The short form is pronounced as "yoll", but what is the actual spelling? Is it "y'all"? Any official mention of the spelling? Example useage: "Where are you-all going". Pronounced as "Where are yoll going". Would it be written as "Where are y'all going"?


Would it be written as "Where are y'all going"?

Yes. The apostrophe is used to stand for the letters left out.

  • But is there any official mention of the use of "y'all"? – Nav Nov 23 '10 at 9:21
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    @Nav, what is your definition of 'official'? :) – Benjol Nov 23 '10 at 10:26
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    @Nav. here is an official mention of "y'all" in dictionary.com: dictionary.reference.com/browse/y'all – Geoffrey Nov 23 '10 at 12:23
  • @Benjol: A dictionary mention was all I was looking for :) Geoffrey provided it. – Nav Nov 23 '10 at 13:04

In formal settings, "you all" is never contracted to "y'all" (or hyphenated). It is pronounced just like it looks: "you all", with no contraction.

Furthermore, "you" has come to function as both a singular and plural second-person pronoun. "You all" is typically used only when the number is ambiguous, or to emphasize that you're talking about a group of people.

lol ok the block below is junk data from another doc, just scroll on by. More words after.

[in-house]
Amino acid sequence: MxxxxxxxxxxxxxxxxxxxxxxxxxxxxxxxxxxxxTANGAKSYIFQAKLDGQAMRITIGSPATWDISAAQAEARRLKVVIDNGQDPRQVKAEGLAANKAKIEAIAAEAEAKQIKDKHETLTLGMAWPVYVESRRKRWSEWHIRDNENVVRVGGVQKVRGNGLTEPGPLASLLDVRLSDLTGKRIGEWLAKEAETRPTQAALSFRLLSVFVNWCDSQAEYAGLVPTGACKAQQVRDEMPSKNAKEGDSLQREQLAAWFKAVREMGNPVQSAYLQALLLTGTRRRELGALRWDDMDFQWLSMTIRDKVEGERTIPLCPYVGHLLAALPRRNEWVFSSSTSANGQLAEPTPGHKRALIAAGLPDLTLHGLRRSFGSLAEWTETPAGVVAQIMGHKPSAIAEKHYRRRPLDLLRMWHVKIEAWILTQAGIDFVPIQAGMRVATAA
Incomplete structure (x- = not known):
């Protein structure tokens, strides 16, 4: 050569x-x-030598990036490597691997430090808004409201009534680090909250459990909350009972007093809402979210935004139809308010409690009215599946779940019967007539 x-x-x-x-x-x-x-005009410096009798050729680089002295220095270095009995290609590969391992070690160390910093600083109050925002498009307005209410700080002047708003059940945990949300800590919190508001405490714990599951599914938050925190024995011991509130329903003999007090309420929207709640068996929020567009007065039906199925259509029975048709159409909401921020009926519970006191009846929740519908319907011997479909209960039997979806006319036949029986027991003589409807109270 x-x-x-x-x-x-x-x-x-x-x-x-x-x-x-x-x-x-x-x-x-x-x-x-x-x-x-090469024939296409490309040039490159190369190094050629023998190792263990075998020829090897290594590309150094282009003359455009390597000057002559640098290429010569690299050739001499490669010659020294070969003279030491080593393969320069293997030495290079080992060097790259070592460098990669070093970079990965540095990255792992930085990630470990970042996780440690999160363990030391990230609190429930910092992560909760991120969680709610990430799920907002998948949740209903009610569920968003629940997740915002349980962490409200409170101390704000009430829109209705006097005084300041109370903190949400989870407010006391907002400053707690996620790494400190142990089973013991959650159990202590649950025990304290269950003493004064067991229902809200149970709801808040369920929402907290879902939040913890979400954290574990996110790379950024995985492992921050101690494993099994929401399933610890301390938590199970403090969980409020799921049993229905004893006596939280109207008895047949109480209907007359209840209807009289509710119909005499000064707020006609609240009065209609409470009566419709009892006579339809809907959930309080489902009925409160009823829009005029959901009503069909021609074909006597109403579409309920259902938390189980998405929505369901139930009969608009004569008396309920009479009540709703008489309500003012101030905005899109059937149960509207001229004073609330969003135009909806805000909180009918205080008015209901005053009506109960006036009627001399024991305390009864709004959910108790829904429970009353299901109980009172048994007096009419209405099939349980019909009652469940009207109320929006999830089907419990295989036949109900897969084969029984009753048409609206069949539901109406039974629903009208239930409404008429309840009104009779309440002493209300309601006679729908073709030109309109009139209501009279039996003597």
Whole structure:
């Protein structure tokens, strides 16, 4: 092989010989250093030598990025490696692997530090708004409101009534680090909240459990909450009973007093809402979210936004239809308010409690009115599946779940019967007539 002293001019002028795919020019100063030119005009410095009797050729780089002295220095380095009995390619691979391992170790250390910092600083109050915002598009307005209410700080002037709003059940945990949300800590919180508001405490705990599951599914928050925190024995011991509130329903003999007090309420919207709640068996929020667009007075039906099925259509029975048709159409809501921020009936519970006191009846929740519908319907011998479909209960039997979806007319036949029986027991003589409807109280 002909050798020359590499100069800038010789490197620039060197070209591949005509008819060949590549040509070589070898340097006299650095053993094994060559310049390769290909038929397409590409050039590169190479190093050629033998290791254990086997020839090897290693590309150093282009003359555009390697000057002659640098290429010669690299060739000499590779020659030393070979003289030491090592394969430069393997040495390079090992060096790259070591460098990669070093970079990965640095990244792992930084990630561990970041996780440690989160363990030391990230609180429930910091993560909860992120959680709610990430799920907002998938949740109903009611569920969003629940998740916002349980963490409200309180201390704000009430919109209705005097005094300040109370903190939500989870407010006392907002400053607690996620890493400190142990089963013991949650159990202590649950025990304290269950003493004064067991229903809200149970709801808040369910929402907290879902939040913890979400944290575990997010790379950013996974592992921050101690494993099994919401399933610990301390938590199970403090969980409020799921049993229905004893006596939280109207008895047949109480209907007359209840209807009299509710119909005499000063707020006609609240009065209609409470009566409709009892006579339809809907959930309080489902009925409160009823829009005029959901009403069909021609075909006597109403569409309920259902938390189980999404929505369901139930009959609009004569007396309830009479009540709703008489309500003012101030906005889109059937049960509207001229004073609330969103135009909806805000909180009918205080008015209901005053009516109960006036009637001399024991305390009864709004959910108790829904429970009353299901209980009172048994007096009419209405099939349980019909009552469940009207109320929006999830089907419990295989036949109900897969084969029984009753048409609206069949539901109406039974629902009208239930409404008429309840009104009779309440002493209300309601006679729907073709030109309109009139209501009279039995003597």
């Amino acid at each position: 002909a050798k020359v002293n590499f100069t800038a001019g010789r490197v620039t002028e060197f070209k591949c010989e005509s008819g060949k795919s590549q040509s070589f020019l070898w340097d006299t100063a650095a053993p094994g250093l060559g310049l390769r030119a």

Compare "You are my friend." with "You are my friends." The plurality of the object tells you whether the pronoun is singular or plural, without ever resorting to "you all".

"Y'all" is a construction limited to a couple of American dialects, particularly Southern and Western speakers. I've heard it pronounced to rhyme with "wall" (approximately--the vowel gets slightly drawn out/duplicated). There is a joke poking fun at non-prestige dialects to the effect of "Remember, y'all is singular, all y'all is plural." There is actually a bit of truth to that for the heaviest examples of the dialect. In typical usage, I believe, "y'all" is used as both a singular and plural pronoun--nicely mirroring "you" in the standard dialect.

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    I grew up in the South(ern US) and never heard this "singular y'all" usage. Is there a particular area where it occurs? – Dusty Nov 23 '10 at 14:32
  • I've heard it both in North Carolina and Alabama. I suppose it might have been limited cases where one addressee is the representative of a group (as in the dictionary entry linked in another comment), but I no longer remember any specific usage. – res Nov 23 '10 at 14:36
  • @Dusty: Wikipedia, Wiktionary. Not that it answers your question about a particular area. – RegDwigнt Nov 23 '10 at 14:48
  • @Dusty: There was a discussion here on "singular y'all", and the consensus was that it might be used in Oklahoma and Arkansas (this might mean that it's used in the Ozarks). But in North Carolina and Alabama, the consensus was that it is most likely used as a representative of the group. – Peter Shor Feb 1 '13 at 21:57

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